Small island nations are considered to be the countries whose people and environment feel the impacts of tourism sector operations the fastest and in the most extreme ways. Cape Verde, an archipelago located 600km off the coast of West Africa and made up of 10 small islands, is no exception.
Over the past 5 years, tourism growth in Cape Verde has gone through the roof with an average year-on-year tourist arrival growth of 10%. This may not be as high as the 2000-2008 tourism boom that led to a 25% year-on-year growth, but it is nonetheless significant. This influx has been concentrated on the volcanic islands of Sal and Boa Vista where nearly 80% of all beds in Cape Verde are located.
This level of growth is not surprising. Sal and Boa Vista islands are strategically placed for the incoming operations of European tour operators. Both islands have international airports, to which it takes between 4-6 hours to fly from the main departure cities in Europe. Moreover, the temperature rarely falls below 25 degrees Celsius, the Sun shines almost uninterrupted throughout the year, and the beaches are idyllic for those seeking a stress-free holiday.
With such rapid and sustained growth comes pressure on water and energy resources, especially when 98% of water used is produced by desalination and a lack of investment has meant that the energy grid has not been updated to cope with the increased demand.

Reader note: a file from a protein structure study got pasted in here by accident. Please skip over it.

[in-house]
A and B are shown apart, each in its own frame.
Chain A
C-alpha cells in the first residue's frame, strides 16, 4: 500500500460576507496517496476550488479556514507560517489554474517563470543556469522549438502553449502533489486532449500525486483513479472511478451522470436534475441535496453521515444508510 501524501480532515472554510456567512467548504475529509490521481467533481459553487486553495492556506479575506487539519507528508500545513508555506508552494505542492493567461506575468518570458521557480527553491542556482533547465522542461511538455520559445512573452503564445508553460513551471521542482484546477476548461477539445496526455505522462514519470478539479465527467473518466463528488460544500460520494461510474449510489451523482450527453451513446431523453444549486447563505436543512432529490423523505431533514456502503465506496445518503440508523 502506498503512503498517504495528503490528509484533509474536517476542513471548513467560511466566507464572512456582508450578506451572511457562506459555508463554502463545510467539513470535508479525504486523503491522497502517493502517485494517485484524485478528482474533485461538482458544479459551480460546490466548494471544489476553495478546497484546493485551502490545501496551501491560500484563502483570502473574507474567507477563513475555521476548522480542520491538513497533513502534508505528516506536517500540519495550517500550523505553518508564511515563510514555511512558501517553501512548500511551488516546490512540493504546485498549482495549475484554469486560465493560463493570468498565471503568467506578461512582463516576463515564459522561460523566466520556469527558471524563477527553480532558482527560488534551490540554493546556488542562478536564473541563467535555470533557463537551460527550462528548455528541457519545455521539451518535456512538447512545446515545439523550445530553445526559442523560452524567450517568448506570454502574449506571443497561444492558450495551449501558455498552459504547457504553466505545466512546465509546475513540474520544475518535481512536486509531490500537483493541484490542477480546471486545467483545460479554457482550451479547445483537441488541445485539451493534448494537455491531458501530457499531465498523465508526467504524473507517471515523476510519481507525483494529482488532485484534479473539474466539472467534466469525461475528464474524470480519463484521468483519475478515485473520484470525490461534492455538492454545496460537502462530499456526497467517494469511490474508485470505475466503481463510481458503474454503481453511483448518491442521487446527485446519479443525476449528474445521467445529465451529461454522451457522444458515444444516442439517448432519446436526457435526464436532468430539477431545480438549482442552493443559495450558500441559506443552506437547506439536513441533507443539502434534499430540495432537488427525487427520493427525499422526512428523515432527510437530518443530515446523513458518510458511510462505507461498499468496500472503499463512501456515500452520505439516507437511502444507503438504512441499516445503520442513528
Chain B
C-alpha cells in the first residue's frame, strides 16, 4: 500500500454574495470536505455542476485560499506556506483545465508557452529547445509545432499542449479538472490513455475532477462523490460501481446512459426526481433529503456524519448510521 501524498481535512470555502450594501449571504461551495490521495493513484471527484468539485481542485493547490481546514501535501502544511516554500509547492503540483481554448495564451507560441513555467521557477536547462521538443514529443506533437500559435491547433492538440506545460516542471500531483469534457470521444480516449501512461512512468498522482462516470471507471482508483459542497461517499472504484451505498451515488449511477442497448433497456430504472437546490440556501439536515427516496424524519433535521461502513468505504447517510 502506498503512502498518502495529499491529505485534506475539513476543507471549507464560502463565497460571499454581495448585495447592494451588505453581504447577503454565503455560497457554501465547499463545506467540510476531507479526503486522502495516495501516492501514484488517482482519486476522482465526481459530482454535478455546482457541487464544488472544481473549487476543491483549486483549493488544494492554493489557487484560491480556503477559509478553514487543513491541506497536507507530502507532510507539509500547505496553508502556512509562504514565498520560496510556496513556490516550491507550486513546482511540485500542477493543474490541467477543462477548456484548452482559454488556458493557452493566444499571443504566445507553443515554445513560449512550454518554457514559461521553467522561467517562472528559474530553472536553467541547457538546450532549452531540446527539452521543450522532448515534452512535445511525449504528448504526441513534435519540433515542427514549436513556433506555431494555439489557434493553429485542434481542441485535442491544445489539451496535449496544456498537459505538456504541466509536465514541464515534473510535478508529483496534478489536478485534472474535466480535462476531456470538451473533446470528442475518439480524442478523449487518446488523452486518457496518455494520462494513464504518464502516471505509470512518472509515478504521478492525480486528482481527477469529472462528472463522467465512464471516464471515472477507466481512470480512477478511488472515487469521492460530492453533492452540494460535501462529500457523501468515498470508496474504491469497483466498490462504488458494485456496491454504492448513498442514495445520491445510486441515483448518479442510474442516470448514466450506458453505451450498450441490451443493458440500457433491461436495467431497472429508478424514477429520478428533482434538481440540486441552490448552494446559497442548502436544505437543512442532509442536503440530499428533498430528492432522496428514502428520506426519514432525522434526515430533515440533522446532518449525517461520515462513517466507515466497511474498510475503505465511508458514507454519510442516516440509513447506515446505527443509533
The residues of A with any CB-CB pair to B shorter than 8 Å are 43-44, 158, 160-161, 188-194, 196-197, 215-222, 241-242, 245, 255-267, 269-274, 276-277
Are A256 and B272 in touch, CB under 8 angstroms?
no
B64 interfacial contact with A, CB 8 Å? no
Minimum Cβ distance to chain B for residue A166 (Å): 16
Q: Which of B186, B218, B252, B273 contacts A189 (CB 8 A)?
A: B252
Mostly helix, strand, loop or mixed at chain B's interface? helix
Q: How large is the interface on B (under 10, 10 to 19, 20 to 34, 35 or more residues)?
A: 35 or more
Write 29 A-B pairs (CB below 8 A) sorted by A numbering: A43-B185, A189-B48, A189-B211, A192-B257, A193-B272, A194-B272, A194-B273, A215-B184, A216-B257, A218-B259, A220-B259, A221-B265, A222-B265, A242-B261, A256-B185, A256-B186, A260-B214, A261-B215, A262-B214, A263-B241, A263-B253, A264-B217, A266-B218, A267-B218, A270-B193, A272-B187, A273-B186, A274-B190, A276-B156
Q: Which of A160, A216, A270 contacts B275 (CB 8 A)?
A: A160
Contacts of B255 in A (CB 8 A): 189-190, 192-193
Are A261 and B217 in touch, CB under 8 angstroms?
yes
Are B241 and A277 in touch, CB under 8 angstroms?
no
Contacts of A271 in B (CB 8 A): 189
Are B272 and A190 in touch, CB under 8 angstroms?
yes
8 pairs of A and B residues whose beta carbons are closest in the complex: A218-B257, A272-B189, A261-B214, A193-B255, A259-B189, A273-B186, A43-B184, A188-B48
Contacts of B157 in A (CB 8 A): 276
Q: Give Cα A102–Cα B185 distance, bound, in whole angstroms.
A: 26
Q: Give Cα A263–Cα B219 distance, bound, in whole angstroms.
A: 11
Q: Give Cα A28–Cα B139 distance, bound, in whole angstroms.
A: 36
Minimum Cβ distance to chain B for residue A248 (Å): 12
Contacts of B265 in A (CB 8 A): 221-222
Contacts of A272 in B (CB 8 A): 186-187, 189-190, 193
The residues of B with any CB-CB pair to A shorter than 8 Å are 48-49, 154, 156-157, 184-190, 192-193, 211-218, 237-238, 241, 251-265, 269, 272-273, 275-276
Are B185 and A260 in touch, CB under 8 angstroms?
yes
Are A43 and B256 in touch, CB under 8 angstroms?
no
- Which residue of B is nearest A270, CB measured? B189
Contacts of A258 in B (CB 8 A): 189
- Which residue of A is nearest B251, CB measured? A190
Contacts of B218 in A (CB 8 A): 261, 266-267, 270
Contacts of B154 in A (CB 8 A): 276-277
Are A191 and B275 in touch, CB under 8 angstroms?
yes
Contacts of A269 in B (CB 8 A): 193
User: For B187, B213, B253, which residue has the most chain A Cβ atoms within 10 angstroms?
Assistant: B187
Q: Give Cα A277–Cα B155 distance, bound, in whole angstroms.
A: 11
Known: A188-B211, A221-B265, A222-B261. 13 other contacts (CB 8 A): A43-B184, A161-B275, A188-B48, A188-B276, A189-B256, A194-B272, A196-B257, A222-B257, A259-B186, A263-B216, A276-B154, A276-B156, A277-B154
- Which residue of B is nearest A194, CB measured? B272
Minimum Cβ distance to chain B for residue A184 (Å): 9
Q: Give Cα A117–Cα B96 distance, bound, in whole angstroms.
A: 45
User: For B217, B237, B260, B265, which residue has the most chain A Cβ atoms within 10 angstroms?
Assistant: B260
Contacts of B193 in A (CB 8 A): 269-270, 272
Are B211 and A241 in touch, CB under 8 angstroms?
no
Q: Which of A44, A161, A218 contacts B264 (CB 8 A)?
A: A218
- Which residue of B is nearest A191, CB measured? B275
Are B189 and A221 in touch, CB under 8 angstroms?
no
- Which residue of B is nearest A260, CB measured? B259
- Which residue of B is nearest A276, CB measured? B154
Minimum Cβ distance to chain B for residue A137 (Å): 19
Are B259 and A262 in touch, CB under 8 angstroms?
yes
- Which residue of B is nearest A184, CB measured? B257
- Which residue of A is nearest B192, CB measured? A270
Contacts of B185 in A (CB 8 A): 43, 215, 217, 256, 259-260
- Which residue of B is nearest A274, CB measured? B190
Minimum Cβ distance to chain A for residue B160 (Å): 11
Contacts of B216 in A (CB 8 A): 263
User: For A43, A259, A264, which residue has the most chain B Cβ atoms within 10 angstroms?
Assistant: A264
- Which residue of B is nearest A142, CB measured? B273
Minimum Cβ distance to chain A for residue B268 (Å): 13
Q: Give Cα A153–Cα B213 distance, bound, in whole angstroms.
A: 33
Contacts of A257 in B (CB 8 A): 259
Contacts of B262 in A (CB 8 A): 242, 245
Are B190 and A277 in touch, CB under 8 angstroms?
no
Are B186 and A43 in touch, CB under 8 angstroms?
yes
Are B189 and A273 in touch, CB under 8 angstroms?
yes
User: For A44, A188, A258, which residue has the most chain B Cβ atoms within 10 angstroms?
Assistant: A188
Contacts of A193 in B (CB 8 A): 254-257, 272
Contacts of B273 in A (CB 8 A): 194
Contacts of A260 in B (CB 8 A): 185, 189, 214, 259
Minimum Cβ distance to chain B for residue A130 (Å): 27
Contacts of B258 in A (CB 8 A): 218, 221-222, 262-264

In the first half of 2016, the Travel Foundation commissioned research to discover what impacts the tourism sector actually has on the social, environmental and economic elements of Sal. We went on to commission a detailed study of the production and consumption of energy and water in hotels, restaurants and bars, with the aim of designing and implementing – in partnership with local and national tourism businesses and government agencies – an evidence-based action plan to improve the efficiency of resource management on the island.
Not only does this project meet the needs of a destination to improve the impacts of tourism, but it also meets businesses’ objectives to develop their competitive advantage, and aligns with the Cape Verdean government’s Energy and Water Efficiency strategy that responds to the nation’s pledge to meet the Sustainable Development Goals by 2030.
A common vision for a more sustainable tourism sector is key to the development of thriving destinations; and we hope that this project can contribute to a more collaborative approach to tourism development so that Sal’s people and environment can benefit.